At the last meeting of the Richmond Hill Block Association (RHBA) for the summer, Jennifer Manley, Director of the Mayor’s Queens Community Assistance Unit, addressed many of the residents’ concerns.
But before she did, Albert Baldeo awarded Simcha Waisman, Vice President of the RHBA and President of One Stop Richmond Hill Community Center, a City Council Citation from Councilmember Elizabeth Crowley for his community activism.
“Issues that affect us are the same, regardless of the area,” said Baldeo. “Simcha has been such a pillar of this community.”
Waisman was also recognized in May by the United Communities Alliance.
A guest at the meeting was Jeff Gottlieb, representing State Senator Joseph Addabbo, who could not attend due to the stalemate in Albany.
“It’s dead serious to those up there,” said Gottlieb, who also addressed the fact that the Cease and Desist Law, by which he noted real estate brokers cannot send literature to those homeowners who do not want it, was set to expire.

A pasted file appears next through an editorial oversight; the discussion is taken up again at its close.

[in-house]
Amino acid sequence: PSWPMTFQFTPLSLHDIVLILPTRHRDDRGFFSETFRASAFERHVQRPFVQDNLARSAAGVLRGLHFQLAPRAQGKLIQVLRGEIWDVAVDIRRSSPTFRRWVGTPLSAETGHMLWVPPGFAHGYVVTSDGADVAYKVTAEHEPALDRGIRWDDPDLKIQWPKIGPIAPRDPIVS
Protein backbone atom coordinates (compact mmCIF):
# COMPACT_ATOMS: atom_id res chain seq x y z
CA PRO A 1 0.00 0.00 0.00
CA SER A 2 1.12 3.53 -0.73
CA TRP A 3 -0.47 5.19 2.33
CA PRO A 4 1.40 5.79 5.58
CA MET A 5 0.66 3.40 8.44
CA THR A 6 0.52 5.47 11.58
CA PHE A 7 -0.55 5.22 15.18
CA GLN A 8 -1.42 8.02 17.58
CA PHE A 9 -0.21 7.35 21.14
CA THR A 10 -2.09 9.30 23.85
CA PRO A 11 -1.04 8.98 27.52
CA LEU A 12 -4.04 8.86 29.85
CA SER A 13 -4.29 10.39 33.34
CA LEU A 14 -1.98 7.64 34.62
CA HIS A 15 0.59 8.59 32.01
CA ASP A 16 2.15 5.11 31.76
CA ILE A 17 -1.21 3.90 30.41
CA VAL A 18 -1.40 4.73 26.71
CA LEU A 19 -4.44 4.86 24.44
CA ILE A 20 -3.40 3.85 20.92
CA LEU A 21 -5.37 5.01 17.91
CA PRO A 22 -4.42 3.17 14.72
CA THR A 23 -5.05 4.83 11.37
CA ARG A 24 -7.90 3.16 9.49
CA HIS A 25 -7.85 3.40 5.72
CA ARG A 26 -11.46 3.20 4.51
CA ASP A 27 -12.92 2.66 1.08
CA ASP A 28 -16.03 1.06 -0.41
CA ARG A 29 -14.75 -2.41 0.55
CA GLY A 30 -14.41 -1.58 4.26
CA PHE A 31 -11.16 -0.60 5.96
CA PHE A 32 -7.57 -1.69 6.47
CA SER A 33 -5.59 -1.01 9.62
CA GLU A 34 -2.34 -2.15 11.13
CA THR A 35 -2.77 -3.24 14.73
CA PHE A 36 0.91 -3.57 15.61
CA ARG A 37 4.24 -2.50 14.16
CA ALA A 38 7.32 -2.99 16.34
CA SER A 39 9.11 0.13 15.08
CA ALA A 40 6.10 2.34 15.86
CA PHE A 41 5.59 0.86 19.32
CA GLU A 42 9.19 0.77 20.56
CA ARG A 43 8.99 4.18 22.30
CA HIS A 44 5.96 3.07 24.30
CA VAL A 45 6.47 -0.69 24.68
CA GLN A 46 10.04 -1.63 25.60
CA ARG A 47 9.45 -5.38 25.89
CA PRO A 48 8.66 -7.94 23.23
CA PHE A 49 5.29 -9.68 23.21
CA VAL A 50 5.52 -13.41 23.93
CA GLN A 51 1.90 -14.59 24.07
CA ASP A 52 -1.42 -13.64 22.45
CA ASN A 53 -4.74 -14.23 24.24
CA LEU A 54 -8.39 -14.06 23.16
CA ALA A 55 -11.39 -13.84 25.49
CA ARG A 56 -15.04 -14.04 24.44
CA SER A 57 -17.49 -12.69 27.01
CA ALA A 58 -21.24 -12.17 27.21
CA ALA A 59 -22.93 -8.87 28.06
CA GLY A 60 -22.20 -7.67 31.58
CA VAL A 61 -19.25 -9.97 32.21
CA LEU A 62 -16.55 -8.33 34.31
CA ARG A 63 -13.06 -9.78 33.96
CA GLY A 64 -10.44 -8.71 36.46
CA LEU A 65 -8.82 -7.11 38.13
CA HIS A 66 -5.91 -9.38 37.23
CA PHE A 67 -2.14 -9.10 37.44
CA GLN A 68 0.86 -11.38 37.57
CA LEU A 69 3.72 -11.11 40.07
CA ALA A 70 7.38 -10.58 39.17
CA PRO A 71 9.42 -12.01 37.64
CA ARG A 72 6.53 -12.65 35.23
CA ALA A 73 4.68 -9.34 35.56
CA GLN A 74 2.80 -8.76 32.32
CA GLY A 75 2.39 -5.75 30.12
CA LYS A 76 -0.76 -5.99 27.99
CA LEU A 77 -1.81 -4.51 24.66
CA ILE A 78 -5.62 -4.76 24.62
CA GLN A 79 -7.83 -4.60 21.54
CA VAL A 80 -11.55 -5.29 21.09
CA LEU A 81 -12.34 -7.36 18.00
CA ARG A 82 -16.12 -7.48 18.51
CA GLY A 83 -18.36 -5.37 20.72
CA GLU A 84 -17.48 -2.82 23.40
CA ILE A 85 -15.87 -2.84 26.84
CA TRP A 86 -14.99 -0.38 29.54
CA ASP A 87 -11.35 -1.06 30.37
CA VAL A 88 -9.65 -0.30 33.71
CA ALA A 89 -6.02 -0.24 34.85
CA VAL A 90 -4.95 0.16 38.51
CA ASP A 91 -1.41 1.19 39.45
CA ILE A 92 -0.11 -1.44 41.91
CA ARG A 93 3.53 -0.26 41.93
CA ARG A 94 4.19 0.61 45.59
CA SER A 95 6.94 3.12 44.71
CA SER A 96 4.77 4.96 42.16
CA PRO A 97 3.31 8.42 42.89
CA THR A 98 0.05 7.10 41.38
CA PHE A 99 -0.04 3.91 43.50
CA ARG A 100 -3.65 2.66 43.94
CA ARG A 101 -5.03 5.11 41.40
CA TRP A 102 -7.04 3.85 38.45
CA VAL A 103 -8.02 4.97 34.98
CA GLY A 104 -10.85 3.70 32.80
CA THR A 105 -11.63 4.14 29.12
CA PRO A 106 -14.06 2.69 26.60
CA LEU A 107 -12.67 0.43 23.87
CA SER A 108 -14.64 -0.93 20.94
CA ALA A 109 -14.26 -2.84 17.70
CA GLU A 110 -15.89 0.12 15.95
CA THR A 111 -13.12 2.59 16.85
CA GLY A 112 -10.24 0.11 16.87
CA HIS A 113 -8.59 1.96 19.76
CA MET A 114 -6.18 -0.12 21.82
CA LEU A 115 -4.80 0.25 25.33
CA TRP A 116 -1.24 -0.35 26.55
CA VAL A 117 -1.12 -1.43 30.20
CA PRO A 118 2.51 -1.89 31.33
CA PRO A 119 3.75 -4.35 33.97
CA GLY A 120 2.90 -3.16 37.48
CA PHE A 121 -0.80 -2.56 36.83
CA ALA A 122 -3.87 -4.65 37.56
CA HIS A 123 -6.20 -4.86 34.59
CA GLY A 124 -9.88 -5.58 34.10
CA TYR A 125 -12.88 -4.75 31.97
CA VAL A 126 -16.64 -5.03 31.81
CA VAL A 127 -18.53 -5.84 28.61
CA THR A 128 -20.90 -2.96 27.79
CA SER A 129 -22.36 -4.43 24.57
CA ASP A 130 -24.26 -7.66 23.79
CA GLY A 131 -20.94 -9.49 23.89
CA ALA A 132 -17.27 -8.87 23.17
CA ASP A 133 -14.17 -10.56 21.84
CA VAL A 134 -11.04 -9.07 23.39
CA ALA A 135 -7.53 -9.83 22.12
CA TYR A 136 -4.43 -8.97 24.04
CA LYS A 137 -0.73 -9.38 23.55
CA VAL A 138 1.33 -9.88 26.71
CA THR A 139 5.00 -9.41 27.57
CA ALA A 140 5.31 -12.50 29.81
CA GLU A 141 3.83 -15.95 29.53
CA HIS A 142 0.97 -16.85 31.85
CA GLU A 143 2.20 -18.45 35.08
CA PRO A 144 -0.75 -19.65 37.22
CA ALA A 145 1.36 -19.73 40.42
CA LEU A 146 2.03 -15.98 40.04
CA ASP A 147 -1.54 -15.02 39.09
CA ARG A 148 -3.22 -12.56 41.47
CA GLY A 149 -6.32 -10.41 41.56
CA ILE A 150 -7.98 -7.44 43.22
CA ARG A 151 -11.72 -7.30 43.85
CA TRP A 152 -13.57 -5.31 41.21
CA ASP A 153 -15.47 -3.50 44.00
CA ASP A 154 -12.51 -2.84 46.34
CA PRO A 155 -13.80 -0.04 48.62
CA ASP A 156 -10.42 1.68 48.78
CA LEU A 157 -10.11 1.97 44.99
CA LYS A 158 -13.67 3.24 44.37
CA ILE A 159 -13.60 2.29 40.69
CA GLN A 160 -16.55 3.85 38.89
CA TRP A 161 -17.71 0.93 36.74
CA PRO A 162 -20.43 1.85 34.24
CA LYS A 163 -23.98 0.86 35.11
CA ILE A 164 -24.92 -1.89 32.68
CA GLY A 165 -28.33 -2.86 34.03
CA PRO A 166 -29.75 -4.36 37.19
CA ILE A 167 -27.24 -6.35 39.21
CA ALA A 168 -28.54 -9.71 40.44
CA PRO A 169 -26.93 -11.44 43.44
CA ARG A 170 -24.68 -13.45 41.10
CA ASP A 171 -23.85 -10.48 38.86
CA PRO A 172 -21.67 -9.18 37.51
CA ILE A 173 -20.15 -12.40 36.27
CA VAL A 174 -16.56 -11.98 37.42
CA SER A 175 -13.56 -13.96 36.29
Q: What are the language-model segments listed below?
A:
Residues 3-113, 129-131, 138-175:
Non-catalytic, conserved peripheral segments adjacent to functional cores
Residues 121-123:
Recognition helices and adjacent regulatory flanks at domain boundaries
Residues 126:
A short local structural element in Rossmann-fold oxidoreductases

“Every five years this law must be renewed,” said Gottlieb. “It’s up August 1.”
Gottlieb recommended to the audience that they send letters in favor of the Cease and Desist Law.
He also spoke about possible cuts to Medicare, but assured those in attendance that “Joe [Addabbo] is here to fight for Medicare and Medicaid.”
Next to speak was District Leader and City Council candidate Frank Gulluscio, who spoke on petitions signing as a “civic duty” in order to help get “that particular person on the ballot in November.”
Manley, the featured speaker, then took the floor and covered issues such as Mayoral Control of schools, the July 1 start of the fiscal year, and the budget.
Regarding crime, Manley said that Patrol Borough Queens South is down for the year overall; and that, in order to improve quality of life, the city has a “Scout Program,” by which teams drive every city street once every 30 days with hand-held computers. Any problems or issues are then directed to the proper city agency.
Another quality of life issue that the mayor is tackling – as well as The Courier Sun – is graffiti.
Manley said that federal funds have been allocated for Graffiti Free NYC, a citywide effort to combat graffiti in communities by which property owners or authorized representatives may submit a waiver to allow authorized personnel to clean graffiti from first or second-story facades.
Foreclosures were also a hot topic, with Manley explaining that from March to March there were 14,000 foreclosure notifications citywide.
Wendy Bowne, RHBA President, noted that there will be no meeting until September, and reminded everyone that the RHBA 36th Annual Park Fair will be held on September 12 from 10 a.m. to 6 p.m. at Forest Park (Myrtle Avenue and Park Lane South).